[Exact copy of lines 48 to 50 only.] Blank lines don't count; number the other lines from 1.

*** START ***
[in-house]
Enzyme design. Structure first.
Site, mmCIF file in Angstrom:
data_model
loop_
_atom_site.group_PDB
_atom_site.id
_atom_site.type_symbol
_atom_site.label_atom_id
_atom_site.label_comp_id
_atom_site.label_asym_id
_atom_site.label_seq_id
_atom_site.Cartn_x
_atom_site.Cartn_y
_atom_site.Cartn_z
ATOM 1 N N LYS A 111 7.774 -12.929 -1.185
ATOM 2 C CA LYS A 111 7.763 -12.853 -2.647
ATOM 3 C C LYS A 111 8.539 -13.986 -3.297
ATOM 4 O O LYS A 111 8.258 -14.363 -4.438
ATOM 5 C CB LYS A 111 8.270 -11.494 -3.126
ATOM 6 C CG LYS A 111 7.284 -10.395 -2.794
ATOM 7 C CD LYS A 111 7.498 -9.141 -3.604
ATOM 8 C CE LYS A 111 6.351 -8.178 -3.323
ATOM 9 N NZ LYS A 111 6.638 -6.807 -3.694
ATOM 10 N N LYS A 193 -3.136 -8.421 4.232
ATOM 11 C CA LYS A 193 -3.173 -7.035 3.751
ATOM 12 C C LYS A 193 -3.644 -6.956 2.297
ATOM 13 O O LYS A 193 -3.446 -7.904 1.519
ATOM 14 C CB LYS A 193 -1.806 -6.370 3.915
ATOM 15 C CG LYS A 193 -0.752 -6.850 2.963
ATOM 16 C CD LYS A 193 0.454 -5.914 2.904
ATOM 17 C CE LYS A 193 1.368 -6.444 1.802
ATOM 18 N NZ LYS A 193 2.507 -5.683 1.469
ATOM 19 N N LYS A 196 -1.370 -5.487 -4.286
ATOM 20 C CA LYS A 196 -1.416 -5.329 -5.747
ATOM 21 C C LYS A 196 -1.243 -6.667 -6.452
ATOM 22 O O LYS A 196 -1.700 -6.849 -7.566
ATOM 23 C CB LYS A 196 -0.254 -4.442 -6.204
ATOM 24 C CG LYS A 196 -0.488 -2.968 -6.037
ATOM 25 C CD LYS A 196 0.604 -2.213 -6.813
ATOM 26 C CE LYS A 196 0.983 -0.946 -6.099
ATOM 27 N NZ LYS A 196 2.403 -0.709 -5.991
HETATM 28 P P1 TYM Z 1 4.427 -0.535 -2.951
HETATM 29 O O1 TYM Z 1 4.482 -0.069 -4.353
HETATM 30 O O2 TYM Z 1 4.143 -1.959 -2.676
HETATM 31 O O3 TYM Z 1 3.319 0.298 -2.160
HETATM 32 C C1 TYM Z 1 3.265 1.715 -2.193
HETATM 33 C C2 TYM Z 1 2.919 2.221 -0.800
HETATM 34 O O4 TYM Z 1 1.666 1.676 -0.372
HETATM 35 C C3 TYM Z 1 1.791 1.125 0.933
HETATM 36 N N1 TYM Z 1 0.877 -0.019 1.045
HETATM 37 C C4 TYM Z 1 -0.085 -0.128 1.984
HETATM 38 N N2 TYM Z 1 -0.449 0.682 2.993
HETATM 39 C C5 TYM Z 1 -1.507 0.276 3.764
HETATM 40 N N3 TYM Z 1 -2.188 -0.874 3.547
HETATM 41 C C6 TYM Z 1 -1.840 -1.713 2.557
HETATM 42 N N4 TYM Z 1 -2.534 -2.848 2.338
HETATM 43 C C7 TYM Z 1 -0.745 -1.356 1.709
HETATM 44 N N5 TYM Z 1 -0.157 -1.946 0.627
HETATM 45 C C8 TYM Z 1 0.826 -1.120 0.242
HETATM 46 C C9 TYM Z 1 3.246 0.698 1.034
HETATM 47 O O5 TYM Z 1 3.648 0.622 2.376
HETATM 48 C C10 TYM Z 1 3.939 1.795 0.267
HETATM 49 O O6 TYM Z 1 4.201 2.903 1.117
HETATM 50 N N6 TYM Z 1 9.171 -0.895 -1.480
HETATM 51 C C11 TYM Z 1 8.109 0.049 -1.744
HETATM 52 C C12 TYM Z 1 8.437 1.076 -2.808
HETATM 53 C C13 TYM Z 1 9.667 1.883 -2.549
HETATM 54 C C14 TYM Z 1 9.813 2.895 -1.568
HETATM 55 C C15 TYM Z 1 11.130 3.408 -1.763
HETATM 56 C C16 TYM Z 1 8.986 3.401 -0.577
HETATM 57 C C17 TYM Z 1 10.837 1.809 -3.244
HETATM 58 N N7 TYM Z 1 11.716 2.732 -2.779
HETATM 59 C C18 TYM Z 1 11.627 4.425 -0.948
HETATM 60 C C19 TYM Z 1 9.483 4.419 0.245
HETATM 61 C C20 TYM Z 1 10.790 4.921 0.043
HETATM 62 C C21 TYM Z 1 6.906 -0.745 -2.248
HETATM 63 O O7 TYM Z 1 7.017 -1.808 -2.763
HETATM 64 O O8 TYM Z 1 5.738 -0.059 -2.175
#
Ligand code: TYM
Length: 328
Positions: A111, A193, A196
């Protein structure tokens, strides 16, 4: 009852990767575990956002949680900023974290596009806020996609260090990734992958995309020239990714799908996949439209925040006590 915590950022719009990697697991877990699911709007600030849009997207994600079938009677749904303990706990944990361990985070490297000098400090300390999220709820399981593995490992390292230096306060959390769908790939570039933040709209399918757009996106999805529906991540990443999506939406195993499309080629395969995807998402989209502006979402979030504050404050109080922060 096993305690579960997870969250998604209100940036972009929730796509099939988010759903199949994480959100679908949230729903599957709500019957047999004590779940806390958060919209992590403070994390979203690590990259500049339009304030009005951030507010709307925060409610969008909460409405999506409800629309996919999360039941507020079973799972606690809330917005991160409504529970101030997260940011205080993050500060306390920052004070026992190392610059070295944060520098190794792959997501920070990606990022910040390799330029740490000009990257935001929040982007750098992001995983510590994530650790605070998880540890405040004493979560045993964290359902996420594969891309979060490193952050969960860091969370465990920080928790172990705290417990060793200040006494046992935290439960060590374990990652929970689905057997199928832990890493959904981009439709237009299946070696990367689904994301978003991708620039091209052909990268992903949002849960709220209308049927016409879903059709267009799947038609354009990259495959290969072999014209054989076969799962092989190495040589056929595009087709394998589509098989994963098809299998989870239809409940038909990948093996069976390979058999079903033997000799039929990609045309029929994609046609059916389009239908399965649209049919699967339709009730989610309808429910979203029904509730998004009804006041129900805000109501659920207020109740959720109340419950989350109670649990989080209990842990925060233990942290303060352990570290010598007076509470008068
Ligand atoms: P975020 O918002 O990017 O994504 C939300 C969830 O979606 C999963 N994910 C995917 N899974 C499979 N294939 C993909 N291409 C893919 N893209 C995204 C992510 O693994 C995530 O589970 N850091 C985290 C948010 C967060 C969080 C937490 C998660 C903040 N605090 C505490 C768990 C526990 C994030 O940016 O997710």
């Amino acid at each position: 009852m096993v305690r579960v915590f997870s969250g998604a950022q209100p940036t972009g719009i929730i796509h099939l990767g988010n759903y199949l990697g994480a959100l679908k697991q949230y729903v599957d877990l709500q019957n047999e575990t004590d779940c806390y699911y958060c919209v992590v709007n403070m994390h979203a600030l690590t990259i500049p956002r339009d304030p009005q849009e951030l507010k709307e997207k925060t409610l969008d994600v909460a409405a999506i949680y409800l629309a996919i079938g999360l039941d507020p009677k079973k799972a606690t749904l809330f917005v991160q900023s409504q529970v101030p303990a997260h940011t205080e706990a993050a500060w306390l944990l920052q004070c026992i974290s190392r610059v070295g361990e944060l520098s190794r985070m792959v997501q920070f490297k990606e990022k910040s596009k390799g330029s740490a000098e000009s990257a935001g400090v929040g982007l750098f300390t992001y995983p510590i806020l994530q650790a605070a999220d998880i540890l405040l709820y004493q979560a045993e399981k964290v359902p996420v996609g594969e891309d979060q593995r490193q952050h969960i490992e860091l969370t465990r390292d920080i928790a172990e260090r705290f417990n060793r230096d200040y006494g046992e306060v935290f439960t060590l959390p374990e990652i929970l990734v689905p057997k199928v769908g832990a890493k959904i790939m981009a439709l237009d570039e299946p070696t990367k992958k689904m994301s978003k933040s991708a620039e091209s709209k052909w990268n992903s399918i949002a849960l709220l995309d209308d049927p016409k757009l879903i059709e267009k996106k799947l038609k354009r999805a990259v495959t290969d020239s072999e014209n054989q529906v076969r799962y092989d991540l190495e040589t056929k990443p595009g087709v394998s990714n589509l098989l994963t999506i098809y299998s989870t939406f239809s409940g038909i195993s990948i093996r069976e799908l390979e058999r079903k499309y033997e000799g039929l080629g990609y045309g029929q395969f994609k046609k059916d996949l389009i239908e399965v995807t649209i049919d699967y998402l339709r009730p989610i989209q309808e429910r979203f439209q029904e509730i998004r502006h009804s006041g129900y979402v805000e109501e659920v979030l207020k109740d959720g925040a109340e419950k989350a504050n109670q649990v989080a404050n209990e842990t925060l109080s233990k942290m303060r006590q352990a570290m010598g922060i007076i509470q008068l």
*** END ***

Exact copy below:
HETATM 33 C C2 TYM Z 1 2.919 2.221 -0.800
HETATM 34 O O4 TYM Z 1 1.666 1.676 -0.372
HETATM 35 C C3 TYM Z 1 1.791 1.125 0.933